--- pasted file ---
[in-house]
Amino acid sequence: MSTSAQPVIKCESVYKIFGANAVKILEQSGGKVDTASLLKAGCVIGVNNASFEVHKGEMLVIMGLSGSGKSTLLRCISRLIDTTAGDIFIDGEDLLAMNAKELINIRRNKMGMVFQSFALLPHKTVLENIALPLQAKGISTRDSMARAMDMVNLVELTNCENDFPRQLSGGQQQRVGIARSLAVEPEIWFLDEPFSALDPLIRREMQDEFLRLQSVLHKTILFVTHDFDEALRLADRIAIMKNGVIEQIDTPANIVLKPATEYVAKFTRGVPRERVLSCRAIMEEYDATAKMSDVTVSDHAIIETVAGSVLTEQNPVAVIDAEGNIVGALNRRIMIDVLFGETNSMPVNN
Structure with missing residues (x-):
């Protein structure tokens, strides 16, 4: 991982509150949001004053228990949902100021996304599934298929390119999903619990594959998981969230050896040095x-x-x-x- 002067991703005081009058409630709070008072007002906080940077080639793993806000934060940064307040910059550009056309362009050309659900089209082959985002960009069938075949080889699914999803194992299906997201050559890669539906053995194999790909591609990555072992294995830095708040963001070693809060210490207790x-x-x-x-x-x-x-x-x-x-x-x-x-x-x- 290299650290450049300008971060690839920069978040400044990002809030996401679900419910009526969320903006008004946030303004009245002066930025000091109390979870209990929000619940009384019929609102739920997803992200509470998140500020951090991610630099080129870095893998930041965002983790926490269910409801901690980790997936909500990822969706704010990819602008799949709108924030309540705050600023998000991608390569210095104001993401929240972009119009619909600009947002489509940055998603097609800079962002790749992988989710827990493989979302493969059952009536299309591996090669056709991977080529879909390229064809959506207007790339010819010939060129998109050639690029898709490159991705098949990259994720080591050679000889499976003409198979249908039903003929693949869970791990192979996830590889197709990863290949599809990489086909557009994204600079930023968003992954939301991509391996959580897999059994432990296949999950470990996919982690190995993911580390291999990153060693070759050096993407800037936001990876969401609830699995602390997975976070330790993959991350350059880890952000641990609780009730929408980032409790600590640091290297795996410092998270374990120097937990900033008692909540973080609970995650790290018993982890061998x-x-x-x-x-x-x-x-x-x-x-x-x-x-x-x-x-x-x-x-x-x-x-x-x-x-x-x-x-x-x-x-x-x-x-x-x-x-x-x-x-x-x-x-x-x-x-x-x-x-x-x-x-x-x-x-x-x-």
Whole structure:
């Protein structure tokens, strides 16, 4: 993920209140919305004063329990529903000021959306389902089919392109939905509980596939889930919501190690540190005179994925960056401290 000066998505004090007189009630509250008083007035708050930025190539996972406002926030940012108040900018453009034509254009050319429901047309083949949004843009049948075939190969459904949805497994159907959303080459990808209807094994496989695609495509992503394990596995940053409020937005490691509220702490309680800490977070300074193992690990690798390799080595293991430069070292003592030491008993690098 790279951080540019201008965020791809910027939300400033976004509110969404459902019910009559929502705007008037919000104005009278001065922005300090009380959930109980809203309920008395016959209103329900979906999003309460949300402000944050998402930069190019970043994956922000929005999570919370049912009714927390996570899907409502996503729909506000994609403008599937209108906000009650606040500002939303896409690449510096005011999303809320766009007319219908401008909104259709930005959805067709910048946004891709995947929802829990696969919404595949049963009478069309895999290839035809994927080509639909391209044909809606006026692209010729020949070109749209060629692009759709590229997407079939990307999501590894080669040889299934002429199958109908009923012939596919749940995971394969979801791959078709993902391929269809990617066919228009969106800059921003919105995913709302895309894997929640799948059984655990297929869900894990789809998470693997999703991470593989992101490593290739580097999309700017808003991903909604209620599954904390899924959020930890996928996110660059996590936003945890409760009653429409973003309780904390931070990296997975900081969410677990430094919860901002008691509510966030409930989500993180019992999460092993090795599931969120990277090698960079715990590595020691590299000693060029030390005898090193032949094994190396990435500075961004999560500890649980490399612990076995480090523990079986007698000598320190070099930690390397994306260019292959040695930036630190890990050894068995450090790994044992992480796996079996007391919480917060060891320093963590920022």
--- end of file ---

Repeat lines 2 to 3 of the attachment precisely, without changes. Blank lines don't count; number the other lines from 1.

Amino acid sequence: MSTSAQPVIKCESVYKIFGANAVKILEQSGGKVDTASLLKAGCVIGVNNASFEVHKGEMLVIMGLSGSGKSTLLRCISRLIDTTAGDIFIDGEDLLAMNAKELINIRRNKMGMVFQSFALLPHKTVLENIALPLQAKGISTRDSMARAMDMVNLVELTNCENDFPRQLSGGQQQRVGIARSLAVEPEIWFLDEPFSALDPLIRREMQDEFLRLQSVLHKTILFVTHDFDEALRLADRIAIMKNGVIEQIDTPANIVLKPATEYVAKFTRGVPRERVLSCRAIMEEYDATAKMSDVTVSDHAIIETVAGSVLTEQNPVAVIDAEGNIVGALNRRIMIDVLFGETNSMPVNN
Structure with missing residues (x-):